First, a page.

Figure 4Figure 4: hedge notional (on the y-axis) as a function of equity price (on the x-axis, as a ratio to initial equity price) for an 8% average equity return and 20% volatility, for four calendar times: 0 years, 1.25 years, 2.5 years, and 4.75y (the last only 0.25y before the end of the term). The orange lines show the risk neutral hedge notional, which is traditionally what an insurer would include as a rules-based hedging strategy in their reserve calculation. The blue lines show the deep hedger hedges, which materially under-hedge compared to the risk neutral strategy, so that the post-hedges distribution can take advantage of the positive average equity return while short equity.


Figure 5Figure 5: lifetime PNL distributions for three cases for an 8% average equity return: unhedged (green); hedged with risk neutral hedges (orange); and hedged with deep hedger hedges (blue). The 70%-ile expected shortfall is larger for the risk neutral hedge scenario than for the unhedged scenario, so traditional hedging approaches would suggest that insurer not include a rules-based hedging strategy in the reserve calculation. However, the 70%-ile expected shortfall of the deep hedger scenario is close to zero, eliminating this scenario-based reserve if this rules-based hedging strategy were incorporated in the reserve calculation.


Notice that the deep hedger under-hedges more aggressively when equity price is low. These cases correspond generally to more negative PNL outcomes where running a larger net risk position allows the insurer to take advantage of the positive (real-world) average equity return to shift PNL up over time. When equity price is high, on the other hand, a positive PNL is more locked in, and the deep hedger hedges more aggressively, converging to the risk neutral hedging strategy.

Beacon and deep hedging

Beacon is at the forefront of deep hedging research because we see it as a valuable technique for clients, like life insurers, to improve business performance through analytics run at enterprise scale.

Implementing a robust deep hedging-based reserve calculation in production requires a number of elements:

  • Variable annuity policy data. Easy access to the full set of policies through a modern data warehouse lets actuaries, quants, and data scientists build complex and reliable analytics.
  • Actuarial model data. Like policy data, reliable mortality tables and related information should be close at hand to make it easy to build new analytics that depend on them.
  • Market data. Reserve calculations depend on equity and interest rate market data for levels, volatilities, and correlations.
  • Derivatives analytics. Variable annuity hedges are often complex financial derivatives such as futures, options, and more exotic derivatives such as cliquets and basket options.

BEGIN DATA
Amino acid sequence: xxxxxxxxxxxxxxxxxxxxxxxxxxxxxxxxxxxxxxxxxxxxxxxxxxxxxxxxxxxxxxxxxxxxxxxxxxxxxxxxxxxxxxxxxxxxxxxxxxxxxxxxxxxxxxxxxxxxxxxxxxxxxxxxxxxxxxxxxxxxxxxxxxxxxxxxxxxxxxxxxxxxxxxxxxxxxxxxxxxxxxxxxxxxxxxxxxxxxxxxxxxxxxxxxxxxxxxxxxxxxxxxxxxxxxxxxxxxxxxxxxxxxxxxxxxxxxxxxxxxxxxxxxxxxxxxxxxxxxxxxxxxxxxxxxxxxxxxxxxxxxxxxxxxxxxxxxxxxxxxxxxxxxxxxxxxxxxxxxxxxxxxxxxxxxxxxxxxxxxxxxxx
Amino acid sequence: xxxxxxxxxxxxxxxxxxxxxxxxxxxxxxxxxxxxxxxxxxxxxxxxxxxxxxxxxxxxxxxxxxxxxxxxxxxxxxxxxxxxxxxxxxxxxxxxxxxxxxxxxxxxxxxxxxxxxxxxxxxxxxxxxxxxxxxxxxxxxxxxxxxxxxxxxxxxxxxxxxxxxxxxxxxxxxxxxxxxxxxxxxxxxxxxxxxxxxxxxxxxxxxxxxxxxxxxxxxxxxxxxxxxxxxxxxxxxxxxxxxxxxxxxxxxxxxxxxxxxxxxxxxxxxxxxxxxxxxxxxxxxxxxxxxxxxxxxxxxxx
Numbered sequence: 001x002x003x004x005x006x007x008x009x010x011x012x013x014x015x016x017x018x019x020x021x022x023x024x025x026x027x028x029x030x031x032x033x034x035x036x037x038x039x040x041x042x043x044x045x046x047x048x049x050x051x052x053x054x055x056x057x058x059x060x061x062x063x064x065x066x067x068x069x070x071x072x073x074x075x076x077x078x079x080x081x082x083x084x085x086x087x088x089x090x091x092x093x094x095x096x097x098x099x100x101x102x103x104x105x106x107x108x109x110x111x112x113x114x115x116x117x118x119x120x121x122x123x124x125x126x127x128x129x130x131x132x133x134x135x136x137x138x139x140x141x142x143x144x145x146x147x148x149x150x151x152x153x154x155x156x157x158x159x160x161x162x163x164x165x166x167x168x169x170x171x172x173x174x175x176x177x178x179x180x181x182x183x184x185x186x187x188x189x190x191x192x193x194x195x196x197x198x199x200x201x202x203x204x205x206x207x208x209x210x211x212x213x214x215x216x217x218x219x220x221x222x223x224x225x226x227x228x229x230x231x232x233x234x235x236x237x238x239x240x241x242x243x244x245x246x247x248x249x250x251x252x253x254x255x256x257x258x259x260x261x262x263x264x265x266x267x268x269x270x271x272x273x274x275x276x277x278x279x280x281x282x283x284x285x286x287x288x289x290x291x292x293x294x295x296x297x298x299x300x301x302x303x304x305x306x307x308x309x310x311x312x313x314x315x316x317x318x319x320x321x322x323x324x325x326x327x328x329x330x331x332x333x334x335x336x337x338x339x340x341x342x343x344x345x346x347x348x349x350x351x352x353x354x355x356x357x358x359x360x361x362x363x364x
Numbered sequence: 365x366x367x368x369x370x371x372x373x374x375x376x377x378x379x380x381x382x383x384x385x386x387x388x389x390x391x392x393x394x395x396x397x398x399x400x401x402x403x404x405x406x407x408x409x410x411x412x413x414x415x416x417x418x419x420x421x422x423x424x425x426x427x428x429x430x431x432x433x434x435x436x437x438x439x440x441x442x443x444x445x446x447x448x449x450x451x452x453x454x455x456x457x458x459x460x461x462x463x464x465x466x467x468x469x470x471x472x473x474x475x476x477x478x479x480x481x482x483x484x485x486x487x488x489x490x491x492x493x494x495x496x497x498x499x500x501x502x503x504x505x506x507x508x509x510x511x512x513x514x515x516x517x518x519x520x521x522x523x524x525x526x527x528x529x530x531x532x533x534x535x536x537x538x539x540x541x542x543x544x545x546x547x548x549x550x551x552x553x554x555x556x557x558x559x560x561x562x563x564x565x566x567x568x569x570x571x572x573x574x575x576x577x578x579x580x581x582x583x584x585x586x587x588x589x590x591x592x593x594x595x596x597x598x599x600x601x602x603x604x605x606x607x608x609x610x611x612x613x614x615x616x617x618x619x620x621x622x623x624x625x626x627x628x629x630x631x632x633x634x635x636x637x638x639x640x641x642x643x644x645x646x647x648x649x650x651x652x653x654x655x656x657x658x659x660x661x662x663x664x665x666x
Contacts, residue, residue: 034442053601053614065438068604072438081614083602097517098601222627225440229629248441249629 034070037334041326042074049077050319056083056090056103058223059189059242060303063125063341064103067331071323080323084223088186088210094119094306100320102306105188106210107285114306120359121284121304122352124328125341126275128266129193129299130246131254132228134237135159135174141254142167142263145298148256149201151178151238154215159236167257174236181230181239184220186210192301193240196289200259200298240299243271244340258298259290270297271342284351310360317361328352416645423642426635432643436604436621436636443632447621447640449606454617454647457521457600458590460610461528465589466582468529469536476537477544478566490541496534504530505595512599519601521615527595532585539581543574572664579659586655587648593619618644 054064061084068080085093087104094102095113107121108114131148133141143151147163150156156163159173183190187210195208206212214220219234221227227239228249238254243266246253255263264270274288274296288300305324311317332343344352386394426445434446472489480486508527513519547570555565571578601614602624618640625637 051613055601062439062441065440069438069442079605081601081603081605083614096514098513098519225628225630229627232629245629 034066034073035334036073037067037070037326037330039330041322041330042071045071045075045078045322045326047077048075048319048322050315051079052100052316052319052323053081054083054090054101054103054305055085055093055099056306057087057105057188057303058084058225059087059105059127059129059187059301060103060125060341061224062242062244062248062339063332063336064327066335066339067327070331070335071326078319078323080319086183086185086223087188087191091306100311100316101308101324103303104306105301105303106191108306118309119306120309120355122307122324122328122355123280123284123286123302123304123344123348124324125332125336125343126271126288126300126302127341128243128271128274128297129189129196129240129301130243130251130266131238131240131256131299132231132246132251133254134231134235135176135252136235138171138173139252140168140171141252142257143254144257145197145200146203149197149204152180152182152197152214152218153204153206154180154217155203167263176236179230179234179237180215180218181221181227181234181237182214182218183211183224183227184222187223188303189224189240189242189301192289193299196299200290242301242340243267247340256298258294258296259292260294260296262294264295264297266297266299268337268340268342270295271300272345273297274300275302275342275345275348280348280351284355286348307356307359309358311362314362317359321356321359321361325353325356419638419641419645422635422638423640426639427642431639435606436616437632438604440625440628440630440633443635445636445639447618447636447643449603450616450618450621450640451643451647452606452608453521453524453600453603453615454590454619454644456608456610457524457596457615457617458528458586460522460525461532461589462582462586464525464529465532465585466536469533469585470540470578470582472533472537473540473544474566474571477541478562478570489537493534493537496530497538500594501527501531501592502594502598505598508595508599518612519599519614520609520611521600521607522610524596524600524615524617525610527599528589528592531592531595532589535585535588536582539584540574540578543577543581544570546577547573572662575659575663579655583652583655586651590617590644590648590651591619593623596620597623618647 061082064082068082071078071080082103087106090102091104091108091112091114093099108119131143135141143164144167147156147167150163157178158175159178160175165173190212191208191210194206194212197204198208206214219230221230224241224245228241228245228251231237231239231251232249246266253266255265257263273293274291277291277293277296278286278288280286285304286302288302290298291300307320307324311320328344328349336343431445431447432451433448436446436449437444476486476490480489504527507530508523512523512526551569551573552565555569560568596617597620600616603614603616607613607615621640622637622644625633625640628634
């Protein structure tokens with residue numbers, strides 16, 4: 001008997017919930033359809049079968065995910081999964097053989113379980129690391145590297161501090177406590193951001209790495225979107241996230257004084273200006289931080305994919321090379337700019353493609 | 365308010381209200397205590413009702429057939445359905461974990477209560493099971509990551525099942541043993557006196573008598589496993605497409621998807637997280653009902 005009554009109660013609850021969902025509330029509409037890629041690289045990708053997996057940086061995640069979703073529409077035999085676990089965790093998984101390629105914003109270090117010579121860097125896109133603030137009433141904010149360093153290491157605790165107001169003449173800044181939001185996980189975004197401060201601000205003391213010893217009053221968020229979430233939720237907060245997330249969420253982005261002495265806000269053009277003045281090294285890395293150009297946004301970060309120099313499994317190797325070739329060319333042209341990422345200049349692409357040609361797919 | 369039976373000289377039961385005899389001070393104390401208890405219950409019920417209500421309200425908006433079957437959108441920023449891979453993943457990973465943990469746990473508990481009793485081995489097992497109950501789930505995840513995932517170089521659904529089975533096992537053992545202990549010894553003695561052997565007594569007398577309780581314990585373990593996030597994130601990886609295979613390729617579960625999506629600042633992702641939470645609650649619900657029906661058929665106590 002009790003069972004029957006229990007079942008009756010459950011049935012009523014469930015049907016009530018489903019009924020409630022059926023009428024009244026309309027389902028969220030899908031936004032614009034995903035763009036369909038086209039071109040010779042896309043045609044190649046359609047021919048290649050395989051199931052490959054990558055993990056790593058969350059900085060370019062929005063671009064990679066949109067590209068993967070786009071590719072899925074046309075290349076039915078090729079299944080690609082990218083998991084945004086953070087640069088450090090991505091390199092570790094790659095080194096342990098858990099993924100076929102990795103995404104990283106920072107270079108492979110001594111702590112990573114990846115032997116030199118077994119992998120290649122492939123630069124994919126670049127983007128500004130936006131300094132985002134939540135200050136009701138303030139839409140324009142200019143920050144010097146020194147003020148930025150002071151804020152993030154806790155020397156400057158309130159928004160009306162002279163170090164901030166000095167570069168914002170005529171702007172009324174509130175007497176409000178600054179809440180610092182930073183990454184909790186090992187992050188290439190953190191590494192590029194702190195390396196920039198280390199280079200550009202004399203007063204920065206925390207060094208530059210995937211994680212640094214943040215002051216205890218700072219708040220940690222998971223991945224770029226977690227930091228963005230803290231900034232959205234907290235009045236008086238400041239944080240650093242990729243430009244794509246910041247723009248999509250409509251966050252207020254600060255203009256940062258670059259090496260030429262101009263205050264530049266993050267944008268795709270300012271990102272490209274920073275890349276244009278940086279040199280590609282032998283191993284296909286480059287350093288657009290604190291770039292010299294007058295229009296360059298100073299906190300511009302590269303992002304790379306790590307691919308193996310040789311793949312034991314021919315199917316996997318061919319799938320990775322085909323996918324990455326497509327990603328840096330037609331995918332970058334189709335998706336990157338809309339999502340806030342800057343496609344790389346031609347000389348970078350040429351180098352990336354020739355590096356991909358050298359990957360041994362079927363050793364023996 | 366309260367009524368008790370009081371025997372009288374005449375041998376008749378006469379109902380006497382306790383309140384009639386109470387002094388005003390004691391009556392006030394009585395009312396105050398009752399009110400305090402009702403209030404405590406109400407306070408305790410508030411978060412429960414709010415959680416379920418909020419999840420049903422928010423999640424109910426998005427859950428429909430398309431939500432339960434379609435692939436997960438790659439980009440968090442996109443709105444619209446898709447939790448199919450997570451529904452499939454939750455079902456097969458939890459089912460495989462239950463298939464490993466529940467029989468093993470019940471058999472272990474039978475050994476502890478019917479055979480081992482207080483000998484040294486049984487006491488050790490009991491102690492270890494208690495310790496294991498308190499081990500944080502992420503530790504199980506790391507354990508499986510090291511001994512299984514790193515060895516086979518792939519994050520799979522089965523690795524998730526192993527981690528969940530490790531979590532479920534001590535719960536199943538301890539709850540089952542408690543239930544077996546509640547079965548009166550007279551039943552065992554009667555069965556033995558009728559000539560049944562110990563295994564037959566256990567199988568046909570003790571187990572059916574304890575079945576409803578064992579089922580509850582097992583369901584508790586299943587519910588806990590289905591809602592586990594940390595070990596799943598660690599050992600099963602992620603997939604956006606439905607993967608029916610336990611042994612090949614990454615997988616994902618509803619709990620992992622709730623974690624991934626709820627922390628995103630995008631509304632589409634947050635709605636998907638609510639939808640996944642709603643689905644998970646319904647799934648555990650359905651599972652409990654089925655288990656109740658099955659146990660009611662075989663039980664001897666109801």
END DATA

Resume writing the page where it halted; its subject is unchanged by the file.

• Machine learning analytics. Deep hedging is one of the first applications of real machine learning to front office pricing and risk problems and requires modern machine learning tools to execute efficiently.
  • Compute infrastructure. Running large-scale Monte Carlo simulations on large variable annuity portfolios is computationally expensive even without the nested stochastics problem. Executing these calculations robustly requires significant grid compute, ideally rented from the cloud so you pay for as much compute as you need, only when you need it.
  • Reporting tools. The results of the reserve calculations need to be reported to the finance team and to management in a robust way with ability to slice and dice the results to evaluate the details.

Beacon’s enterprise technology platform products have all these components, organised end-to-end to help actuaries, quants, and data scientists experiment at scale and deliver value to their business quickly while still satisfying enterprise controls.


Deep hedging is an exciting new technique in derivatives risk management, and in this white paper we applied it to optimising reserves for a variable annuity portfolio.

There are three key insights from this analysis:

  • When average equity returns are near or above a threshold, deep hedging delivers an under-hedging strategy that balances risk reduction with being long the market in a way that substantially reduces reserves compared to either not hedging at all or hedging entirely with risk neutral hedges.
  • Deep hedging avoids the “nested stochastics” problem that makes incorporating risk neutral hedges computationally infeasible in many cases.
  • Managing variable annuities requires enterprise-scale technology, and an integrated data and analytics platform like Beacon’s makes it easier to test and deploy new techniques like deep hedging that can materially improve a life insurer’s return on equity.

In the end, this technique allows life insurers to hold smaller reserves against existing variable annuity portfolios and attain higher returns on equity.

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About Beacon

Beacon is a cloud-based platform designed to empower developers, quants, data scientists and business users to scale technology and achieve their business goals. Beacon is the only vendor who gives clients the underlying source code, a developer platform, and infrastructure services so that clients can own the full technology stack. The Beacon platform will enable corporate innovation and fit your business needs today, tomorrow and in the future.

Beacon was founded in 2014 by the senior technologists who worked with SecDB at Goldman Sachs and created Athena at JP Morgan and Quartz at Bank of America Merrill Lynch. Beacon has over 70 employees with offices in New York, London and Tokyo.